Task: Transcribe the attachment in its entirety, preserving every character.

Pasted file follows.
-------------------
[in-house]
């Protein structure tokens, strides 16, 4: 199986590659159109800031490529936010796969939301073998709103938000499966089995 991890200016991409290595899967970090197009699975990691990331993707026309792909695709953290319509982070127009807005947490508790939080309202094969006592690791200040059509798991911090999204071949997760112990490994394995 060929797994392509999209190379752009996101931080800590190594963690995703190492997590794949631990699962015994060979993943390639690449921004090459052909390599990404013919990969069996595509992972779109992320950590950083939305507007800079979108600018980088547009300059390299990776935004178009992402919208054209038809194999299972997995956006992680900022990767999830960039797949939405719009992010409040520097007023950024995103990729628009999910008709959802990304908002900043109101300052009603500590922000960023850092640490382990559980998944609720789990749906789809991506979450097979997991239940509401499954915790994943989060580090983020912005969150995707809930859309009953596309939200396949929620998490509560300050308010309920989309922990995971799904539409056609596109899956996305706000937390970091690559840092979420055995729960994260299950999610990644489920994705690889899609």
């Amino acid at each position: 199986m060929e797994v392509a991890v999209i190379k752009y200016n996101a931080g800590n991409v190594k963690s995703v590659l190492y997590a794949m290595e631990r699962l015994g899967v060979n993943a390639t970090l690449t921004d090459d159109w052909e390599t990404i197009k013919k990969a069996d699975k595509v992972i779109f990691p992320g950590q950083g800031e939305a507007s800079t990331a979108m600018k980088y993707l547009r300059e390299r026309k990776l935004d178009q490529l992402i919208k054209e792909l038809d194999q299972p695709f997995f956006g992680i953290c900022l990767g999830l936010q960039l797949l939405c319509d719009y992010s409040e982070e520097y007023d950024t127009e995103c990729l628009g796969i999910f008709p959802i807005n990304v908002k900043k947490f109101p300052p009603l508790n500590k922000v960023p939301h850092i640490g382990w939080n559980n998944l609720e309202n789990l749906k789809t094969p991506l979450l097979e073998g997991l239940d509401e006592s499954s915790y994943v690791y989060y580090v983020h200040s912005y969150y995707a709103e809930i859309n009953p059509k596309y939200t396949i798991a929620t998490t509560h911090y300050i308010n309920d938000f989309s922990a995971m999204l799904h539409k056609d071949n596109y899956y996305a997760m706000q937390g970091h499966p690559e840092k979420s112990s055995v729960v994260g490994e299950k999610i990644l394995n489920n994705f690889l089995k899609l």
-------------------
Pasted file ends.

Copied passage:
[in-house]
């Protein structure tokens, strides 16, 4: 199986590659159109800031490529936010796969939301073998709103938000499966089995 991890200016991409290595899967970090197009699975990691990331993707026309792909695709953290319509982070127009807005947490508790939080309202094969006592690791200040059509798991911090999204071949997760112990490994394995 060929797994392509999209190379752009996101931080800590190594963690995703190492997590794949631990699962015994060979993943390639690449921004090459052909390599990404013919990969069996595509992972779109992320950590950083939305507007800079979108600018980088547009300059390299990776935004178009992402919208054209038809194999299972997995956006992680900022990767999830960039797949939405719009992010409040520097007023950024995103990729628009999910008709959802990304908002900043109101300052009603500590922000960023850092640490382990559980998944609720789990749906789809991506979450097979997991239940509401499954915790994943989060580090983020912005969150995707809930859309009953596309939200396949929620998490509560300050308010309920989309922990995971799904539409056609596109899956996305706000937390970091690559840092979420055995729960994260299950999610990644489920994705690889899609």
């Amino acid at each position: 199986m060929e797994v392509a991890v999209i190379k752009y200016n996101a931080g800590n991409v190594k963690s995703v590659l190492y997590a794949m290595e631990r699962l015994g899967v060979n993943a390639t970090l690449t921004d090459d159109w052909e390599t990404i197009k013919k990969a069996d699975k595509v992972i779109f990691p992320g950590q950083g800031e939305a507007s800079t990331a979108m600018k980088y993707l547009r300059e390299r026309k990776l935004d178009q490529l992402i919208k054209e792909l038809d194999q299972p695709f997995f956006g992680i953290c900022l990767g999830l936010q960039l797949l939405c319509d719009y992010s409040e982070e520097y007023d950024t127009e995103c990729l628009g796969i999910f008709p959802i807005n990304v908002k900043k947490f109101p300052p009603l508790n500590k922000v960023p939301h850092i640490g382990w939080n559980n998944l609720e309202n789990l749906k789809t094969p991506l979450l097979e073998g997991l239940d509401e006592s499954s915790y994943v690791y989060y580090v983020h200040s912005y969150y995707a709103e809930i859309n009953p059509k596309y939200t396949i798991a929620t998490t509560h911090y300050i308010n309920d938000f989309s922990a995971m999204l799904h539409k056609d071949n596109y899956y996305a997760m706000q937390g970091h499966p690559e840092k979420s112990s055995v729960v994260g490994e299950k999610i990644l394995n489920n994705f690889l089995k899609l």